We know that there are a number of very important stakeholders that the government did not consult. The government is also disregarding the concerns that police services have about how difficult it will be to enforce the prohibition on the unauthorized transportation of firearms.
    What groups did the government consult? Did it consult police services across Canada, the Canadian Association of Chiefs of Police and the Canadian Police Association before the announcement? Did it consult the provinces and territories?

[English]

Mr. Garry Breitkreuz:  
    Mr. Speaker, I appreciate that question for the opportunity it gives me to clarify some of the misinformation out there.
    We did consult far and wide. In fact, at committee, police organizations were invited to attend. When the member says that it is the unauthorized carry that concerns them, an ATT, as we have it in this legislation, does not allow people to carry a gun in an unauthorized manner. That is a completely false statement. The member is misleading the public.
    The ATT, authorization to transport, that would become part of the licence, would not change any of the rules as far as gun owners being able to transport their guns. People would still have to have them locked up, doubly. Most people do not realize that they have to have trigger locks and the guns have to be in a locked case. To be sure, very often gun owners will also lock them in their trunk. Things would not change because of this common sense firearms licensing act.
    I wish the member would withdraw the statement that she made. We consulted far and wide. There is nothing here that would compromise public safety.
Mr. Adam Vaughan (Trinity—Spadina, Lib.):  
    Mr. Speaker, the member attributed comments to me that I have no recollection of ever having made about terrorism and gun owners, which I find odd. If he would care to table the comments with me, I would love to review them. However, I think his aim is a little off, and he may want to go back to the gun range and practise a bit. One thing that is clear is that extremists in the Conservative Party are radicalizing some of the older members.
    The situation on what has changed in the ATT is that people would no longer have to go directly from their house to the gun range. They would now be allowed to make several stops in between. The concern that the police and people in urban areas have is that stopping in between, especially when leaving a gun range, is an opportunity for someone to break into the car and steal guns. That is a problem that has been persistent in Toronto.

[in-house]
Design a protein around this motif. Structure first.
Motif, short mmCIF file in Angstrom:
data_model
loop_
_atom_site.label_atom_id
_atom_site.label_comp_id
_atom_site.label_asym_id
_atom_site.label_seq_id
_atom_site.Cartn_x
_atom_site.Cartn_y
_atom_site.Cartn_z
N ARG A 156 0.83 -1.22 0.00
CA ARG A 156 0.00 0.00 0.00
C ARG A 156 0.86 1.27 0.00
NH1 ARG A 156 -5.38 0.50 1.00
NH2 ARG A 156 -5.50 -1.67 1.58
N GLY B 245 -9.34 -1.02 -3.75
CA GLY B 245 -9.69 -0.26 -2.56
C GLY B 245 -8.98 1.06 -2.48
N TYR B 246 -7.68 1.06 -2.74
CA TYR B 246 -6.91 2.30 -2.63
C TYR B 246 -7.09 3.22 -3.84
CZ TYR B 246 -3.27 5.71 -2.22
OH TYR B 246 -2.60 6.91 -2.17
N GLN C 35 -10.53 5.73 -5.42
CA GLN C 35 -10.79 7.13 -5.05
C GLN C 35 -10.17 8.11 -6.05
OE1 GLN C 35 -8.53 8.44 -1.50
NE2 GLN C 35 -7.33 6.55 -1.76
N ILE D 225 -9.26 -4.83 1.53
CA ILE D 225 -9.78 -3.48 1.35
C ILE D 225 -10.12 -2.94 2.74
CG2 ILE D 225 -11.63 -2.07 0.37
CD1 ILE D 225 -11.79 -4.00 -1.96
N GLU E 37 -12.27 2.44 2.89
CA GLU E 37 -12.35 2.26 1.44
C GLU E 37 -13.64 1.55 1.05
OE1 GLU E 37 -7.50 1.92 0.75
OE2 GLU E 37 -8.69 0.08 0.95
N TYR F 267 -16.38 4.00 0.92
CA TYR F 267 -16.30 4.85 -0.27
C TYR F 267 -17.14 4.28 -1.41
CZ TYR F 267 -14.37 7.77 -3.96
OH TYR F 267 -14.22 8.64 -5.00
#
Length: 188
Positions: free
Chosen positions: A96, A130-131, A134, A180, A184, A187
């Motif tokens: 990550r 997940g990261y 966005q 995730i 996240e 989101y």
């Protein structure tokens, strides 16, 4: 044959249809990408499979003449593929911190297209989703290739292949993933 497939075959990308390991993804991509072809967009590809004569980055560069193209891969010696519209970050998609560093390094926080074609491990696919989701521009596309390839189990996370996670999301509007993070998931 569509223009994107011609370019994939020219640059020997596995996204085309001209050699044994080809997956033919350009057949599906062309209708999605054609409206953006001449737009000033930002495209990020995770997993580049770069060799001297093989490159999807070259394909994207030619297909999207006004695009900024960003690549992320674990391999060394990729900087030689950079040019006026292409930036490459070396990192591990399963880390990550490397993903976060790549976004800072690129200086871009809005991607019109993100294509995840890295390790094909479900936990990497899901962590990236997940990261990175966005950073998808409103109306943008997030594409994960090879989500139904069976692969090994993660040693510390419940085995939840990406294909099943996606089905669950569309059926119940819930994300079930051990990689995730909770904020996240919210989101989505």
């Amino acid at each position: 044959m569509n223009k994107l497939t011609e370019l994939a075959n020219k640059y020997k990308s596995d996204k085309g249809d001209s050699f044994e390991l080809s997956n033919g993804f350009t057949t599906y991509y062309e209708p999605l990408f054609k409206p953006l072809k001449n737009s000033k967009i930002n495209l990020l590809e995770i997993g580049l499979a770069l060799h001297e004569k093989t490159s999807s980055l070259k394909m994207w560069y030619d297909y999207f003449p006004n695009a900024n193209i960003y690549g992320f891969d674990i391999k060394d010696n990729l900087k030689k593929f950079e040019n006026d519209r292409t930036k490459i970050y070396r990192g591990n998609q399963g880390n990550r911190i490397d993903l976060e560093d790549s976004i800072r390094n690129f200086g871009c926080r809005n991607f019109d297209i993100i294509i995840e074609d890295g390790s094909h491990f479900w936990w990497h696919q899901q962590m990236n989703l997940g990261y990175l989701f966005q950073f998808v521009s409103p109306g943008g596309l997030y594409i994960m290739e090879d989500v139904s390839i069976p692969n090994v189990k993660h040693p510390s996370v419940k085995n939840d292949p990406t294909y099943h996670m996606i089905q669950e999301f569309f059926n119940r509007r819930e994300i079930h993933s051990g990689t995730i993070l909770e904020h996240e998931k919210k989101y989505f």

Will the member acknowledge that this is a change? If that is a change, will he explain why it is good for urban areas to present that possibility of guns getting into the hands of the wrong people?
Mr. Garry Breitkreuz:  
    Mr. Speaker, I appreciate the member's humour, but what he says is not funny. Nothing has changed. I do not know how many times I have to say this: the ATT that is part of the licence would not change any of the rules as far as transportation is concerned. It would change nothing.
    The member should quit presenting false information.
Mr. Bob Zimmer (Prince George—Peace River, CPC):  
    Mr. Speaker, I would like to acknowledge my colleague who made the prior speech.
    I have indeed taken his boots and put them on as co-chair of the outdoors caucus, and I hope to do it justice, as the member has over all of these years. It is going to be hard to do, but that is the challenge.
    We have heard statements from different parties across the way today about how they are not going to re-enact the long gun registry. The evidence is clear. One party created the registry, and the other party is fighting to keep the registry. Our party got rid of the registry and is working to get every bit of that data destroyed.
    Could the member highlight which party has hunters and anglers in their corner and is fighting for their concerns in Canada?

  (1255)  

Mr. Garry Breitkreuz:  
    Mr. Speaker, I would like to congratulate the member for Prince George—Peace River for taking on the co-chairmanship of the outdoors caucus. Members from all parties are a part of it, including the Green Party.
     His job there will highlight the traditional heritage activities that we need to protect in Canada. There are people who are trying to destroy our heritage activities, and we need to defend them. I wish the member the best as he co-chairs the caucus. I am sure he will do a good job.
    Who are we representing? It is probably between four and five million people who are looking to us for leadership on the file we have been debating today. That is a sizeable part of the Canadian mosiac. It indicates how many people are interested in our heritage outdoors activities. As an example, there are more people who fish than play hockey and golf together in Canada. It is these activities that we need to ensure are properly protected.
    Hunting is enjoyed by many people, and we need to get more young people involved. The more that young people are involved in these outdoor heritage activities, the less involved they are in unhealthy activities. We need to promote these things. Young people can enjoy hunting, shooting, fishing and all of these outdoor activities.